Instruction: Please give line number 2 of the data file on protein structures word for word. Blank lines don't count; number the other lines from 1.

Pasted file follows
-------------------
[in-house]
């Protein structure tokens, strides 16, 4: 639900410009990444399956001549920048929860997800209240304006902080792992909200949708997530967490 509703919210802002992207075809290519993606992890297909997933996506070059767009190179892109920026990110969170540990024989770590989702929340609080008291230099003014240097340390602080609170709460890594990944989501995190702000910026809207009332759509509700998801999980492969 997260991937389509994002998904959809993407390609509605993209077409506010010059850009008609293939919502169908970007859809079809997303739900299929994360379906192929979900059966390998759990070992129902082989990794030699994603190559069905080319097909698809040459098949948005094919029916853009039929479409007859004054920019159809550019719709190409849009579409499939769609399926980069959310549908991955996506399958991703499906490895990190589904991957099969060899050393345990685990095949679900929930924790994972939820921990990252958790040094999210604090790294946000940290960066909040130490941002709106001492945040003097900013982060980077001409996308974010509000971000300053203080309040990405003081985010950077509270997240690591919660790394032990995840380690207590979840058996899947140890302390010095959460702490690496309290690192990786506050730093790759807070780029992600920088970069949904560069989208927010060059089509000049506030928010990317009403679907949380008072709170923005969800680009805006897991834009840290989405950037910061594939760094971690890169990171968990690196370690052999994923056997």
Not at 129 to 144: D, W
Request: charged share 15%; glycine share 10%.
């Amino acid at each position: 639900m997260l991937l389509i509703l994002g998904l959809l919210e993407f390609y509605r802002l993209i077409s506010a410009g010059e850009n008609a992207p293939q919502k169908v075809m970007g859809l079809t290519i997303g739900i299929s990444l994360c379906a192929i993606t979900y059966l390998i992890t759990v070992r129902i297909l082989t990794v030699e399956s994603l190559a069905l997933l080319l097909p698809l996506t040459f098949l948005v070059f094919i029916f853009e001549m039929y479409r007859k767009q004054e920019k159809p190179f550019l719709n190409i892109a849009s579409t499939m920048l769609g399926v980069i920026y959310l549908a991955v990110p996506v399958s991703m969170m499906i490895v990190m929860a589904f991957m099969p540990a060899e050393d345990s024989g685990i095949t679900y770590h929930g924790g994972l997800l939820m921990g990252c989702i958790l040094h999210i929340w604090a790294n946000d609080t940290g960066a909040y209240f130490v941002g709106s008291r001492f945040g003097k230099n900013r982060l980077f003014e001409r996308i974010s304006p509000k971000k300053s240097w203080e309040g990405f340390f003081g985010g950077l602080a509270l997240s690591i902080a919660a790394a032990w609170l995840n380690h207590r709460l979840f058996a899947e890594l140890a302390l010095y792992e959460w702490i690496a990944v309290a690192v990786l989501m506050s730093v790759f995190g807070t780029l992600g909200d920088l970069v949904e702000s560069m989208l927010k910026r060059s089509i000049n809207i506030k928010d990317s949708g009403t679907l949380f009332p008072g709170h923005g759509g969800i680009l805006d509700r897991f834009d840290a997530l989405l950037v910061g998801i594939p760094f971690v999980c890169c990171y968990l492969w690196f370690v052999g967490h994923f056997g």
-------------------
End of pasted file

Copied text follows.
């Protein structure tokens, strides 16, 4: 639900410009990444399956001549920048929860997800209240304006902080792992909200949708997530967490 509703919210802002992207075809290519993606992890297909997933996506070059767009190179892109920026990110969170540990024989770590989702929340609080008291230099003014240097340390602080609170709460890594990944989501995190702000910026809207009332759509509700998801999980492969 997260991937389509994002998904959809993407390609509605993209077409506010010059850009008609293939919502169908970007859809079809997303739900299929994360379906192929979900059966390998759990070992129902082989990794030699994603190559069905080319097909698809040459098949948005094919029916853009039929479409007859004054920019159809550019719709190409849009579409499939769609399926980069959310549908991955996506399958991703499906490895990190589904991957099969060899050393345990685990095949679900929930924790994972939820921990990252958790040094999210604090790294946000940290960066909040130490941002709106001492945040003097900013982060980077001409996308974010509000971000300053203080309040990405003081985010950077509270997240690591919660790394032990995840380690207590979840058996899947140890302390010095959460702490690496309290690192990786506050730093790759807070780029992600920088970069949904560069989208927010060059089509000049506030928010990317009403679907949380008072709170923005969800680009805006897991834009840290989405950037910061594939760094971690890169990171968990690196370690052999994923056997």